Do monitor and supervise your teen. In today’s teen culture, there are so many temptations and so many ways for our kids to go wrong. They need our sturdy presence. Although we can’t be with them at every moment, and at the end of the day our teens must make their own decisions, we can make it more difficult for them to make bad decisions, and we can help fill their time with positive activities.

Do help your teen see benefits of good choices differently. Bad consequences are in the too distant future or are too poorly understood (or both) to be strong deterrents for teens. Instead, teens make decisions based on the benefits they expect – especially short-term benefits. So to make risk-taking less appealing for your teen, highlight the benefits of making wiser, safer choices.

Do be collaborative, aiming to guide your teen rather than trying to control them. Our parental control systems become less effective as our kids get older. So rather than viewing control as something we do to our teens (or giving up on them because we can’t control them), we need to find ways to influence our teens and work with them. The next post will look at some specific ways for doing just that.



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The Teen Brain: Nearly Perfect or Far From It?

Posted on October 10th, 2011, 0 Comments

How would you describe the teen brain? Not your teen’s brain specifically – but in general, how would you describe the brains of these maddeningly moody and impulsive risk-takers?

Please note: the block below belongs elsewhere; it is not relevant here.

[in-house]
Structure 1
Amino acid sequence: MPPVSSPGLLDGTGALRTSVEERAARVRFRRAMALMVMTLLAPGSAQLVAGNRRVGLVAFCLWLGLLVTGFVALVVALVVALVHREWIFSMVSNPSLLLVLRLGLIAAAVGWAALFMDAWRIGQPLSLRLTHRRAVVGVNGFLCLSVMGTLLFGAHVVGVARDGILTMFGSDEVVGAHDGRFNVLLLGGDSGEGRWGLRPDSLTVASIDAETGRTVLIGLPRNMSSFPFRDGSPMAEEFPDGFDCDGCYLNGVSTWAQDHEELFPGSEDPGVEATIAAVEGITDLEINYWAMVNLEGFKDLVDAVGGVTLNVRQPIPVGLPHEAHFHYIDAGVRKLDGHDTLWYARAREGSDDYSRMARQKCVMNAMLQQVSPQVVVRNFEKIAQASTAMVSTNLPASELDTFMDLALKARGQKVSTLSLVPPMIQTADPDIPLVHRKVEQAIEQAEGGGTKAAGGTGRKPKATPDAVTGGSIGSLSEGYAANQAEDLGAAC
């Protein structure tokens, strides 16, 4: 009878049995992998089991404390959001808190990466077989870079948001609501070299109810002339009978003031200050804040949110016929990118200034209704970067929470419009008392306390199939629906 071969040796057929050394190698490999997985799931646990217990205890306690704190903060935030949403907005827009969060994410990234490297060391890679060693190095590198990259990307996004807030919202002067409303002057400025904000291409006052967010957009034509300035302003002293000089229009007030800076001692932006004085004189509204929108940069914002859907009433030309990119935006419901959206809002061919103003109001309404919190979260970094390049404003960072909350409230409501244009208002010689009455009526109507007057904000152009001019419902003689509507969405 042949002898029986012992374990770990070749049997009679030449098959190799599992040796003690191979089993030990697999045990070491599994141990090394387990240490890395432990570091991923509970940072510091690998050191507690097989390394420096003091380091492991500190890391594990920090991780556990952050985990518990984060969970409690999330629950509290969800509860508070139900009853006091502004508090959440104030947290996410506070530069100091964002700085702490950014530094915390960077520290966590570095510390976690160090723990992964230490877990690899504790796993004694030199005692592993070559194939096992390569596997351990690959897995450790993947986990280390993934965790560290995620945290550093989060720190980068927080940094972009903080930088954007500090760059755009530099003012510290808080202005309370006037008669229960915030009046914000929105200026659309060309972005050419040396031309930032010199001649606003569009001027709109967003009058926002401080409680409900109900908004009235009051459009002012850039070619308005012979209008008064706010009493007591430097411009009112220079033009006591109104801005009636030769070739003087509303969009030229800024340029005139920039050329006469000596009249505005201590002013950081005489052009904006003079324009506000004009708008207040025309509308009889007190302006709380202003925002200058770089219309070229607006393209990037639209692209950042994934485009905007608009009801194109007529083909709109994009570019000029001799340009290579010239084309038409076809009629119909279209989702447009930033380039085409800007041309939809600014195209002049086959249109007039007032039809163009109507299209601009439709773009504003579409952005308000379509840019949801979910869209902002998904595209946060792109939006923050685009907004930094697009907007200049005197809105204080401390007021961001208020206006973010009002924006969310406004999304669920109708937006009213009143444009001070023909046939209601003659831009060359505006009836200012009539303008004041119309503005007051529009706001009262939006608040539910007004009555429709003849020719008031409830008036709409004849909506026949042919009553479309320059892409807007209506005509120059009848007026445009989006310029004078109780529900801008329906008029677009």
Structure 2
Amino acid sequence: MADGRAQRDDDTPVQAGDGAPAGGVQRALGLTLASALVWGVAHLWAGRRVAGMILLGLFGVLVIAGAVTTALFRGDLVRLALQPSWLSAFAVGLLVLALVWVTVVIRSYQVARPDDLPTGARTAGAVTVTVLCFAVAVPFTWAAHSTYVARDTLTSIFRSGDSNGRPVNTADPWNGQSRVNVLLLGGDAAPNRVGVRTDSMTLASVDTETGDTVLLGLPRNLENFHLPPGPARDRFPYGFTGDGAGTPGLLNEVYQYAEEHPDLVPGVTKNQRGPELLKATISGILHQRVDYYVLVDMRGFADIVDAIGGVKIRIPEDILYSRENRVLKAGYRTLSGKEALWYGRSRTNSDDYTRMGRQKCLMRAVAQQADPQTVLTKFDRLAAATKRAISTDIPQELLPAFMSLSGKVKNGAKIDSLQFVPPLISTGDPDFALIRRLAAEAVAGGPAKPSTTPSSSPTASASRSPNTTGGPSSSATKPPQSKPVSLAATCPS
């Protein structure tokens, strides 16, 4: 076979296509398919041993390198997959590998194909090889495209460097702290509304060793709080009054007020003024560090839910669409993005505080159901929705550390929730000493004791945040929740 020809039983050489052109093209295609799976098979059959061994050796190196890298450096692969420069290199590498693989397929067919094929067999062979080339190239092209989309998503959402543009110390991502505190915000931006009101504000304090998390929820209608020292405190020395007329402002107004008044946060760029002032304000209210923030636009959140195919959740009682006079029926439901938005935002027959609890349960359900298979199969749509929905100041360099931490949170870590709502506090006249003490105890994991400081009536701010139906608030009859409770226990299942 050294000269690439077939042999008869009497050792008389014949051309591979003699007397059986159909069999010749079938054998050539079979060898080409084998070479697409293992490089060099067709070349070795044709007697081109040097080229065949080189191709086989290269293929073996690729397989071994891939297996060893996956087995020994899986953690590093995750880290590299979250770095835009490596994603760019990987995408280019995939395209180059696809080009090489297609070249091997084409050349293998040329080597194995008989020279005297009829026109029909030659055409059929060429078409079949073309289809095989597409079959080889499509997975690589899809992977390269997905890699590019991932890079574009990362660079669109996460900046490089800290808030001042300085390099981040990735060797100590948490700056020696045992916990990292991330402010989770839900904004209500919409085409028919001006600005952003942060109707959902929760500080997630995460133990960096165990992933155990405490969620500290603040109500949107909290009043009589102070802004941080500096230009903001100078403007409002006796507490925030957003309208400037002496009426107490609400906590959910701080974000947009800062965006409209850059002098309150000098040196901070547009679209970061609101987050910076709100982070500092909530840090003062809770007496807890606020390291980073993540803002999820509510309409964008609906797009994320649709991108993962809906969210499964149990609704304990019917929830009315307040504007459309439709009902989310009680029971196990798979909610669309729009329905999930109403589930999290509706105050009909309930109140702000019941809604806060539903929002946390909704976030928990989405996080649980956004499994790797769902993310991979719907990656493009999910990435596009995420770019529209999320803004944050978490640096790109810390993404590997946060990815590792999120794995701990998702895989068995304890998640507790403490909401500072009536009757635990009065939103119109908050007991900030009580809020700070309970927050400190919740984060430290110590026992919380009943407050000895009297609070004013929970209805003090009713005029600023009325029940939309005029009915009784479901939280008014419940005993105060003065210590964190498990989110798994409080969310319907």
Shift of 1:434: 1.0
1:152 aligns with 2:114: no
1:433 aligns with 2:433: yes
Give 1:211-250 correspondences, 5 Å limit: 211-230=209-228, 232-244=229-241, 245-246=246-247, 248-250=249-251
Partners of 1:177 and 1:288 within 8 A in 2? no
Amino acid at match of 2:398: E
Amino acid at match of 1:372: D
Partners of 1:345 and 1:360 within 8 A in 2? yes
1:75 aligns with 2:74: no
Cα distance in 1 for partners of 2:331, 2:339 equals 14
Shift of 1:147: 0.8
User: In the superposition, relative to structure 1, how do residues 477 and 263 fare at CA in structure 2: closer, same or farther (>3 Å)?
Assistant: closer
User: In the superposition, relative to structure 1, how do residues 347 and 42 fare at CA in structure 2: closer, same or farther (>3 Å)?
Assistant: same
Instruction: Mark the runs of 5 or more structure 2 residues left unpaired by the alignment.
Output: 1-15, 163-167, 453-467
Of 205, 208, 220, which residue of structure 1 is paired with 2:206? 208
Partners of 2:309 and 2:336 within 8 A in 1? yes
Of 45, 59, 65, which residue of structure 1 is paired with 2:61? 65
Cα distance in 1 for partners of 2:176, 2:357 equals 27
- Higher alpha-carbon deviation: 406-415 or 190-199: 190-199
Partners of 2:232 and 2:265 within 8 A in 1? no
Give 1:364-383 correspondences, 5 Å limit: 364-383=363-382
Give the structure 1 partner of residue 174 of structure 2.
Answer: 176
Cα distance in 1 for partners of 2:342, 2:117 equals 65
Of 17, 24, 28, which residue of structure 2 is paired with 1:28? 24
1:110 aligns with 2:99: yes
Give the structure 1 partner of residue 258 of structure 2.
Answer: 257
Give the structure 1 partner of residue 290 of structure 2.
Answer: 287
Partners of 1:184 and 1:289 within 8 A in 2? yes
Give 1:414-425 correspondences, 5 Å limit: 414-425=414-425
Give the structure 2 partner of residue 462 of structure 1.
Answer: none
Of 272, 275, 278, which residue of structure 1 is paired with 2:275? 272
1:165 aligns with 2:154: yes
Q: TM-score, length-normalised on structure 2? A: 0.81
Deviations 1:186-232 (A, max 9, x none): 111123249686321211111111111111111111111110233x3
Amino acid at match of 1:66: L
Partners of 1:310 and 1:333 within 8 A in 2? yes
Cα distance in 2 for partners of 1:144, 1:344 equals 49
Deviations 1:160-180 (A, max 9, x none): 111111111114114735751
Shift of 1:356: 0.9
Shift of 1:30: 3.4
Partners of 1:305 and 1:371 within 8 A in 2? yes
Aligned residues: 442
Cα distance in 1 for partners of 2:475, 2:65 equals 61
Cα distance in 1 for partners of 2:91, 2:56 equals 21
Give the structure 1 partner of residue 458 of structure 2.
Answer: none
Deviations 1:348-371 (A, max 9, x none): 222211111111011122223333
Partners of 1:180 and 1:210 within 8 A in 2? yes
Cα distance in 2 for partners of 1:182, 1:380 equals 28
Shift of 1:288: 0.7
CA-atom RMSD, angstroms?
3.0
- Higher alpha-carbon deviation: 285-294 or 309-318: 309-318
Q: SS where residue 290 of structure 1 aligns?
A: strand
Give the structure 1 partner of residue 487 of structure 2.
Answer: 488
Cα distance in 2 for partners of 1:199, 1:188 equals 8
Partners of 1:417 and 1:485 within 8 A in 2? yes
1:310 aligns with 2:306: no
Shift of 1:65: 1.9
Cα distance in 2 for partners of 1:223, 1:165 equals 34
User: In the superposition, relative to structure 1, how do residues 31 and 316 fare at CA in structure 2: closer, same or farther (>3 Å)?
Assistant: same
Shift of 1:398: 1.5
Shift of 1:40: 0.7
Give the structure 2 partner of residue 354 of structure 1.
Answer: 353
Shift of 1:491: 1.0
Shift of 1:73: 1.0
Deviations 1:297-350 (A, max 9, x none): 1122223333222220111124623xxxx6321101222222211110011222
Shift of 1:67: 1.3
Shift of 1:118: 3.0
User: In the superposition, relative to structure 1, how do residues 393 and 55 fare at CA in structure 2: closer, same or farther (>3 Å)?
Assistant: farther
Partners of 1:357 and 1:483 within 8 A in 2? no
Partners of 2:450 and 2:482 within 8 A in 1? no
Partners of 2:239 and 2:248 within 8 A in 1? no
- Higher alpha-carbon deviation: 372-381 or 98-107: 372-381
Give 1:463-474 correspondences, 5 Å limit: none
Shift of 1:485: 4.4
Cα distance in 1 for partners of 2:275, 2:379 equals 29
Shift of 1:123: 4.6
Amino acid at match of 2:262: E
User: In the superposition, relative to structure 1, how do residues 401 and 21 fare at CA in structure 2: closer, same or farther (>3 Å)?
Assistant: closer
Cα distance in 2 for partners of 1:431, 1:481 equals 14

A Quick Review of Teen Brain Science
We used to think that brain development was largely done by the time children reached kindergarten. We now know that during adolescence the brain undergoes a massive remodeling that lasts well into the 20s. During this time, brain connections that are not being used get pruned back while the others grow and then get wrapped in a blanket of fat called myelin that helps electrical signals move much faster (up to 100 times faster) and more efficiently.

The teen brain undergoes changes in nearly every area – from language to logic to impulses and insight. Perhaps most important, researchers have learned that the brain develops unevenly as remodeling during adolescence progresses from the back of the brain (at the back of the head) to the front of the brain (by the forehead). As a result of this wave-like progression of remodeling, pleasure and thrill seeking regions of the brain develop well before other systems designed to put the brakes on questionable actions. In fact, the prefrontal cortex – critical for planning, decision-making, and impulse control – is one of the last areas of the brain to fully mature.

It’s Nearly Perfect
The above review (not to mention most of what has been written in popular articles and scholarly papers over the past decade) could easily lead you to conclude that the teen brain is anything but perfect. However, those working on the edge of neuroscience have recently begun to remind us of something that seems to have gotten lost in translation: Teens’ sensation seeking and risk-taking, the delayed completion of their brains’ prefrontal area, and even their moodiness are adaptive. In fact, from an evolutionary viewpoint, teens’ brains are wired almost perfectly for the scary task of leaving a safe home and learning how to function independently in a complicated world.

For more on this brighter story about your teen’s brain, check out “Beautiful Brains” by David Dobbs, the feature story in the October issue of National Geographic.